Stage 9: Schematic Design
Welcome back the 16 Stages of Project Development. You now have a sense of the general look and feel of your project. Now we’ll start tinkering with the nuts and bolts.
Schematic design defines the size, function, appearance and basic requirements of the facility and all of its attractions. Materials prepared represent the story lines, design intent, theme, appearance and approach to the fabrication, construction and production, and functional and operational requirements are finalized.
Schematic Lighting Plan
In this stage, the various sub-fields begin to take on their own importance. Multimedia briefs are finalized. Lighting drawings are added, as are diagrams of where the AV control rooms will be housed. Our team begins the RFQ and RFP processes to identify the exhibit fabricators and media providers. Graphics become more individualized as opposed to just a template. Along the way, we’ll be meeting with you to make sure that our work continues to fall in line with your aspirations for the project while adhering to the prescribed schedule and budget criteria.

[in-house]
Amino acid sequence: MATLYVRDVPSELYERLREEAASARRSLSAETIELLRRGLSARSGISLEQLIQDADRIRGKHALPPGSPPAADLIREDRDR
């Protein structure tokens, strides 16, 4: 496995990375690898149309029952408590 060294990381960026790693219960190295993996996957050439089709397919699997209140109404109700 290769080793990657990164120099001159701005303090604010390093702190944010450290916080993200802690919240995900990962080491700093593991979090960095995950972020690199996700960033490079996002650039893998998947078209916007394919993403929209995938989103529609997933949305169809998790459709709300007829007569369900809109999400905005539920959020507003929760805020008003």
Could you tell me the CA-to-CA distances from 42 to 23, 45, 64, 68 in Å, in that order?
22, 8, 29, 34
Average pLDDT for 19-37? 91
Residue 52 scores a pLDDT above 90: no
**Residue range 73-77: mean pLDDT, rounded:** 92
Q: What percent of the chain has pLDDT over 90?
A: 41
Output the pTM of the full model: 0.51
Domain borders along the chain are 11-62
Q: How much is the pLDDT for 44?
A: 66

“This is really where ‘the rubber starts meeting the road’, as we say in the States,” says Rob Morgan, Senior Project Director. “Here we are clearly defining our interpretive approach and beginning to finalize guest take-aways and desired outcomes.”
Deliverables at this stage include:
- Schematic CAD plans
- Facility interface information for specified exhibits, environments, rides and media
- Schematic elevations and sections
- Color and surface treatment studies
- Schedules of finishes
- Finalized artifacts or objects list
- Long list of vendors for fabrication and media and RFQs
- Preliminary design intent documents for lighting/audio/visual control for specified exhibits, environments, rides and media
- Updated graphics schedule and style guides
- Multimedia briefs
- Updated project budget
- Updated project schedule
Getting closer to build time! From this point, the design moves to a level of specificity from which it can then be fabricated and produced. Tune in next time for Stage 10 – Detail Design.